But life moves on. Meanwhile the last earthquake of note I remember around here was at least six or eight years ago. My coffee sloshed and I could feel that feeling you get in your stomach during a small quake but the epicenter was way, way northeast of here. I liked that it was gone in 12 seconds and no damage to nada.

    So in my old age I'll live with the sometimes quaint and sometimes annoyingly redneck ways around here that I've learned to tolerate since having enough time to notice them. When I was only a seasonal resident I really didn't notice either the politics or the backwoods ways of some of the locals. Now that I'm one of them, I'm not fitting in all that well with about 80% of the county, probably! But I focus on the things I have in common with most of them, love of the scenery and the critters in it, and most likely a distaste for tornados and earthquakes alike.
     
  13. aaronvan Suspended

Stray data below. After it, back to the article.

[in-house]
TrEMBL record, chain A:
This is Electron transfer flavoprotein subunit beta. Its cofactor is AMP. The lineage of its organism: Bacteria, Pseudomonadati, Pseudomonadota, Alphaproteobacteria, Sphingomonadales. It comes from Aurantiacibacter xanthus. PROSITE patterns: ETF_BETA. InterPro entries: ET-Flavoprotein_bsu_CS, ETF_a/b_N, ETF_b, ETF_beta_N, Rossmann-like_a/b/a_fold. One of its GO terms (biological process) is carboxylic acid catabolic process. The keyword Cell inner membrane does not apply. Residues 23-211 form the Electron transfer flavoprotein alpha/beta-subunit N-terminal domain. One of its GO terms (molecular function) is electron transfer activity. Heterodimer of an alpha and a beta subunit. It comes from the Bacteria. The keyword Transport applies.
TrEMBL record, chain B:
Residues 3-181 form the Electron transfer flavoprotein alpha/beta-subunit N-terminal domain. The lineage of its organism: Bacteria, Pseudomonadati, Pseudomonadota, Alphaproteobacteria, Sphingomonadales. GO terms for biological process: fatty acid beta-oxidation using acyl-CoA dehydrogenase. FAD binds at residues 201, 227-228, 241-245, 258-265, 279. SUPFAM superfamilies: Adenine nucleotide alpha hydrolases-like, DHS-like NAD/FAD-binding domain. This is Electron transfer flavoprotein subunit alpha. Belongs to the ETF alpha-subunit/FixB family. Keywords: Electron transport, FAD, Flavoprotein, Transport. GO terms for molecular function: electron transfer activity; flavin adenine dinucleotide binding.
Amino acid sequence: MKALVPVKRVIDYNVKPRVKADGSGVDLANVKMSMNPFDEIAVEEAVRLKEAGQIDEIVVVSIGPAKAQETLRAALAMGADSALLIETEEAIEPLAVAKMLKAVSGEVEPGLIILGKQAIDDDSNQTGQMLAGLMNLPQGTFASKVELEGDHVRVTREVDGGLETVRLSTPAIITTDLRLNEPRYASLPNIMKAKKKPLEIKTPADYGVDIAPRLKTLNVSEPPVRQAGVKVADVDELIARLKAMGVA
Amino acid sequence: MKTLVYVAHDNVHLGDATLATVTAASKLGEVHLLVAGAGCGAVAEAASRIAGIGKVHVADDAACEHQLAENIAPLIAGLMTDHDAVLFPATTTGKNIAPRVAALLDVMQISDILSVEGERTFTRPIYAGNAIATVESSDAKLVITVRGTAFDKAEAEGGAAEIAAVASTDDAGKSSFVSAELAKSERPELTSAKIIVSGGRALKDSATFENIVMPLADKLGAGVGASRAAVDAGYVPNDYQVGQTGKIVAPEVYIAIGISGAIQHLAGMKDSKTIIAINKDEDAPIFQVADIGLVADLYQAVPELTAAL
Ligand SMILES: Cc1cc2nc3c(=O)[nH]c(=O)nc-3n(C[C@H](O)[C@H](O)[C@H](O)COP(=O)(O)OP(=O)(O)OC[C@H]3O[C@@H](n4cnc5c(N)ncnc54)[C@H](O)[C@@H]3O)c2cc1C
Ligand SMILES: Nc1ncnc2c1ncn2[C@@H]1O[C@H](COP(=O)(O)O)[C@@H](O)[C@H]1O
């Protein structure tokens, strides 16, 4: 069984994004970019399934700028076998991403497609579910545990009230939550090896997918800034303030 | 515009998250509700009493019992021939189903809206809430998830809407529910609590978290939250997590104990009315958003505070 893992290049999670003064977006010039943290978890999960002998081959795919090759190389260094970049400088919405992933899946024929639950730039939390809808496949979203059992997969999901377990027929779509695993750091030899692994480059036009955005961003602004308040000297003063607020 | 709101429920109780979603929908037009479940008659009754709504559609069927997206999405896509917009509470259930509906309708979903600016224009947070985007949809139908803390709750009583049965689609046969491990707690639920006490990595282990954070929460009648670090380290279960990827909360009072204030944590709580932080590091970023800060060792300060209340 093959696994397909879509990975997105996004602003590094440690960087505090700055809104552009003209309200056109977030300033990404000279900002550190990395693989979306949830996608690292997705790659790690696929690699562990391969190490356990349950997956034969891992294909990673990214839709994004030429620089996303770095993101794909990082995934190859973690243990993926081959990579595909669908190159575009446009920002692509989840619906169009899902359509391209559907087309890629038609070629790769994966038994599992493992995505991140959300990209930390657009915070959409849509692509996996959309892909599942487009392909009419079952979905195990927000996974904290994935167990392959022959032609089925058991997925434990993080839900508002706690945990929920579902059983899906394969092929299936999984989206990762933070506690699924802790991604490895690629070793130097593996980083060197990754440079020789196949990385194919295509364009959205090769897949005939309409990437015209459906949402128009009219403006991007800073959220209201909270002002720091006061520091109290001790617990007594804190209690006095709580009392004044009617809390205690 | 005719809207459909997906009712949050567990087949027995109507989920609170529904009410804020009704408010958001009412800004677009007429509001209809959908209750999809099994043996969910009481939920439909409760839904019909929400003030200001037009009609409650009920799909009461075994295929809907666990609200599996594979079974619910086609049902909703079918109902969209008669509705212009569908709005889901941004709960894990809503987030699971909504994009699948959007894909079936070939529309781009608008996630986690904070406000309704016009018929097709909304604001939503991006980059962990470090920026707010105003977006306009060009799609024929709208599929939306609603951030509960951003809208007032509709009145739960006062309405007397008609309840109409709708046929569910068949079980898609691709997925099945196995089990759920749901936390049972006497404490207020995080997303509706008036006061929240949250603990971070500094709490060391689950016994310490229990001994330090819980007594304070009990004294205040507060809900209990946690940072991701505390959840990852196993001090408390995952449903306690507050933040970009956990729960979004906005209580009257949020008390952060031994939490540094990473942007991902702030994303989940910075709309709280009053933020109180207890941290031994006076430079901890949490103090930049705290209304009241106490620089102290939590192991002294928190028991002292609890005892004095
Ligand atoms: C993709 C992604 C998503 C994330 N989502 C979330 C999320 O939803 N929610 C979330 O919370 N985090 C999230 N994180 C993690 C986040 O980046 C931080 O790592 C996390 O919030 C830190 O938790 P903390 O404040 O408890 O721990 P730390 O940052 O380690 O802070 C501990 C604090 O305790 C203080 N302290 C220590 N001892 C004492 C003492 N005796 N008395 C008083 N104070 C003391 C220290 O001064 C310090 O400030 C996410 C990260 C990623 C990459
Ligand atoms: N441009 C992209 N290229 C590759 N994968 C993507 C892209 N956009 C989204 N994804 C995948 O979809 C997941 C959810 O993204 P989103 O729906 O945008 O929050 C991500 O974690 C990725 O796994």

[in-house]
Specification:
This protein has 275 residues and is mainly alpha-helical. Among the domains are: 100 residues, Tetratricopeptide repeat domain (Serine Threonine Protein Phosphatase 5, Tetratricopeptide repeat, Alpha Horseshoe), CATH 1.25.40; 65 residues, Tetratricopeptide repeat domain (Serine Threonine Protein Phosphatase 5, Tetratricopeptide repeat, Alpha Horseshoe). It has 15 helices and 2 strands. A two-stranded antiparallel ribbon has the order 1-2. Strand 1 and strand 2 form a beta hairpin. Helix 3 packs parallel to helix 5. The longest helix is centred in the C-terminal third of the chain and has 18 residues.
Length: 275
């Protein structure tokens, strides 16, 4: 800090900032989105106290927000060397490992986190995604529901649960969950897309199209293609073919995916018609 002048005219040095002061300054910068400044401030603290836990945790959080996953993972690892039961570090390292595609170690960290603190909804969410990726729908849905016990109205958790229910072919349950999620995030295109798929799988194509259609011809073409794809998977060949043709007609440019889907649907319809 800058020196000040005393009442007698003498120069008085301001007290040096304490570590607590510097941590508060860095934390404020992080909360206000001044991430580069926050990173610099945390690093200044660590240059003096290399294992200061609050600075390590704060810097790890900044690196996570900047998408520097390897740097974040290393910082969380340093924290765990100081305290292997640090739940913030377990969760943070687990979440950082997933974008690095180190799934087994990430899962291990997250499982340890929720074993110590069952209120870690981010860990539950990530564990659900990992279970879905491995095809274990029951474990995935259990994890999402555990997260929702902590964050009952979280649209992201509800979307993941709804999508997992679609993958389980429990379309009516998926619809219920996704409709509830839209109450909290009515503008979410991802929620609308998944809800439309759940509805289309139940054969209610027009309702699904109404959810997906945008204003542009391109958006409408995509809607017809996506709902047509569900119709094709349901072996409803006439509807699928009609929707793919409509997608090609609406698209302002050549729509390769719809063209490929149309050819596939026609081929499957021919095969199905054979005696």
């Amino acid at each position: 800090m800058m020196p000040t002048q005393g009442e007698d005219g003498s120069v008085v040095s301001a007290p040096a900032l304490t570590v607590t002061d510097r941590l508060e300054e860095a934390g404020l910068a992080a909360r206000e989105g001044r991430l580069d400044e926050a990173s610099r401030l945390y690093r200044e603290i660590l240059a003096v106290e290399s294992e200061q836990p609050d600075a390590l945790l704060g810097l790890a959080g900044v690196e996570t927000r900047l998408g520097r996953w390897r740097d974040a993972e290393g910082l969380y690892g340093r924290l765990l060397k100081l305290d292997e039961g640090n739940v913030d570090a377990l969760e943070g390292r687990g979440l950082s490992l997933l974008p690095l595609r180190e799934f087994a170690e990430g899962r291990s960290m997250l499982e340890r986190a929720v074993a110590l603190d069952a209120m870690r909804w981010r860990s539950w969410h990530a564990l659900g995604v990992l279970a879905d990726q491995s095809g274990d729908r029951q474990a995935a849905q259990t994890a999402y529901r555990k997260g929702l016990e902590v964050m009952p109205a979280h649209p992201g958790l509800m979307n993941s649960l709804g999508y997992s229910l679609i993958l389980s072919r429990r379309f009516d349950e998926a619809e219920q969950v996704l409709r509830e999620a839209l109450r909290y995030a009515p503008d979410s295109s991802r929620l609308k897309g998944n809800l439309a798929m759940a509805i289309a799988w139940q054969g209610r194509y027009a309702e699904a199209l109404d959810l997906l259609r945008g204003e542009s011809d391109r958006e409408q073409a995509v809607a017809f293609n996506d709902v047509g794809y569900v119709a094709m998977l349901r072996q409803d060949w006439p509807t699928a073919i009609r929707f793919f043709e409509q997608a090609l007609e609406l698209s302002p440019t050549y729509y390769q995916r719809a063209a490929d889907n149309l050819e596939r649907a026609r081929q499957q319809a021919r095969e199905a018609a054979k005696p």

aaronvan

    Joined:
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    #13
    Well, nothing is forever. Back to the natural disaster talk: the fact is that the New Madrid earthquakes were the largest in American history, and while we're cowering in the shadow of Rainier and the Cascadia Subduction Zone, the Bible Belt is probably most at risk, or at least has experienced the worst of the worst.
     
  14. jnpy!$4g3cwk thread starter macrumors 65816

    jnpy!$4g3cwk

    Joined:
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    #14
    There certainly is a lot of risk there, and, the worst of it is, limited seismic standards in those Bible Belt states. But then, that is also true of the Pacific Northwest. Earthquake standards save lives-- the estimate in the article for loss of life for a very big quake is similar to the Japanese quake. Right now, there is nothing to require existing buildings to meet modern seismic standards. Replacing non-historical and reinforcing historical buildings to appropriate standards will save many thousands of lives.

    Laws requiring conformance to appropriate standards are, of course, controversial due to the cost. In this case, speaking of market failures, real estate markets are particularly inefficient when dealing with intermittent/infrequent hazards like tornadoes, floods, and earthquakes.